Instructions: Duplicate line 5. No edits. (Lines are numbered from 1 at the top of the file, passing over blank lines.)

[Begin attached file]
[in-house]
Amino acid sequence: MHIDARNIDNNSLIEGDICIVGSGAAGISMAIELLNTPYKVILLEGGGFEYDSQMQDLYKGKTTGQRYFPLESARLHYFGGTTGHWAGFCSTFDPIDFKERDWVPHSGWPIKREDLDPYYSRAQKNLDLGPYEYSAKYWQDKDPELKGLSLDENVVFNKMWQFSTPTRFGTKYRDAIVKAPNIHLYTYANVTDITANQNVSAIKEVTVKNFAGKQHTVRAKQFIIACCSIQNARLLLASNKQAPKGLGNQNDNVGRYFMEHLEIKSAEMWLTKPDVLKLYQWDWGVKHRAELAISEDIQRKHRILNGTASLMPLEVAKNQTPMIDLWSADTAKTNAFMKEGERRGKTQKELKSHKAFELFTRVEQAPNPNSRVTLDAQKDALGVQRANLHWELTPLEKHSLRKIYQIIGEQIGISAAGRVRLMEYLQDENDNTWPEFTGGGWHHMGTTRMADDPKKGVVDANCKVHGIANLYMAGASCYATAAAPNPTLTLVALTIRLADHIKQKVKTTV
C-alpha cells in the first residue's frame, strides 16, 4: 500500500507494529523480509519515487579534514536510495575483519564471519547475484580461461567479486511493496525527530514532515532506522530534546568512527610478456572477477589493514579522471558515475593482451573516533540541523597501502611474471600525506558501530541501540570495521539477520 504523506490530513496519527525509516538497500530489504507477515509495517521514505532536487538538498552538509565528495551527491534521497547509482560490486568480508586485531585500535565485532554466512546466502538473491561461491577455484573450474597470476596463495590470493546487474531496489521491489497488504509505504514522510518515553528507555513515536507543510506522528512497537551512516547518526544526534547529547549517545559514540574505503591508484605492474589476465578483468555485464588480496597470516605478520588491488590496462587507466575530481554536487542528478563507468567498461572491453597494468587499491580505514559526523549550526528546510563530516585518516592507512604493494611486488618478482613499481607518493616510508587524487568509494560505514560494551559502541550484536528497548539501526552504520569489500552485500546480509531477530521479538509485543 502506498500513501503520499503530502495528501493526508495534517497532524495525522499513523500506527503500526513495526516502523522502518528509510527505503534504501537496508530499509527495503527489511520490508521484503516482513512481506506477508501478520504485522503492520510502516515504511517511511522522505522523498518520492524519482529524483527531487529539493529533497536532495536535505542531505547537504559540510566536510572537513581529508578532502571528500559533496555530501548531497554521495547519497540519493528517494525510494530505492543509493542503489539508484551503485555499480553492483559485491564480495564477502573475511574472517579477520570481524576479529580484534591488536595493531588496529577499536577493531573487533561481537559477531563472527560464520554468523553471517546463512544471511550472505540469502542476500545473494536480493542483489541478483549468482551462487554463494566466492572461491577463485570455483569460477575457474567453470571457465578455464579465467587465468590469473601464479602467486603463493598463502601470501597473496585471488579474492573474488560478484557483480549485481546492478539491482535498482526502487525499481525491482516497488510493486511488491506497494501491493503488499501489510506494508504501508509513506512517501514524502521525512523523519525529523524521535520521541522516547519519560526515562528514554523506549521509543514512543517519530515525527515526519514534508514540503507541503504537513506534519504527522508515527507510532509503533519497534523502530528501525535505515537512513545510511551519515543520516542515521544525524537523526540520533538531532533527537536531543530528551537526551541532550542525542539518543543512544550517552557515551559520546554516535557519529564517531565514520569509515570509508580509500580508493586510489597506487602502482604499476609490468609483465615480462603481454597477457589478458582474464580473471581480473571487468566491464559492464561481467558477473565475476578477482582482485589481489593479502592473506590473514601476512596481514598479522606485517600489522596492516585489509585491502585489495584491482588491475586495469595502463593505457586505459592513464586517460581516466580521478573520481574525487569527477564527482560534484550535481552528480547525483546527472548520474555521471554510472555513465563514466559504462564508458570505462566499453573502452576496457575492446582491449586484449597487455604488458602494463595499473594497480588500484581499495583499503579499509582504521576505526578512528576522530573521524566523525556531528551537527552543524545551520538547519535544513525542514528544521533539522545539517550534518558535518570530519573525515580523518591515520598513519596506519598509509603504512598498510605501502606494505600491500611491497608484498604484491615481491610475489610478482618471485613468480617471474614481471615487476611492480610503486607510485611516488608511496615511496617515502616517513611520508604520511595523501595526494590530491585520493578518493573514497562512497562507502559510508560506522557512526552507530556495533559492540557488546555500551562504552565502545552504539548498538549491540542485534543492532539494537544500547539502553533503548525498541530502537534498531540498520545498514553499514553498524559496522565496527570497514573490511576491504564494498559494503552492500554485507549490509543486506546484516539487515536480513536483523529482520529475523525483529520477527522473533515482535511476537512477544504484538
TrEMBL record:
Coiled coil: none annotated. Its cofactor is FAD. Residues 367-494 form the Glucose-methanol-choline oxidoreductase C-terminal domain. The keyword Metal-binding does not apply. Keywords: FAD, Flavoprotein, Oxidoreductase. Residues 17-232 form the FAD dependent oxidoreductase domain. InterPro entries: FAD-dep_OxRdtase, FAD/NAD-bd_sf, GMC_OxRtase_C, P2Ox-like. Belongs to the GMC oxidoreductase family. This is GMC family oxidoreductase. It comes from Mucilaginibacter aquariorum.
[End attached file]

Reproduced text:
Coiled coil: none annotated. Its cofactor is FAD. Residues 367-494 form the Glucose-methanol-choline oxidoreductase C-terminal domain. The keyword Metal-binding does not apply. Keywords: FAD, Flavoprotein, Oxidoreductase. Residues 17-232 form the FAD dependent oxidoreductase domain. InterPro entries: FAD-dep_OxRdtase, FAD/NAD-bd_sf, GMC_OxRtase_C, P2Ox-like. Belongs to the GMC oxidoreductase family. This is GMC family oxidoreductase. It comes from Mucilaginibacter aquariorum.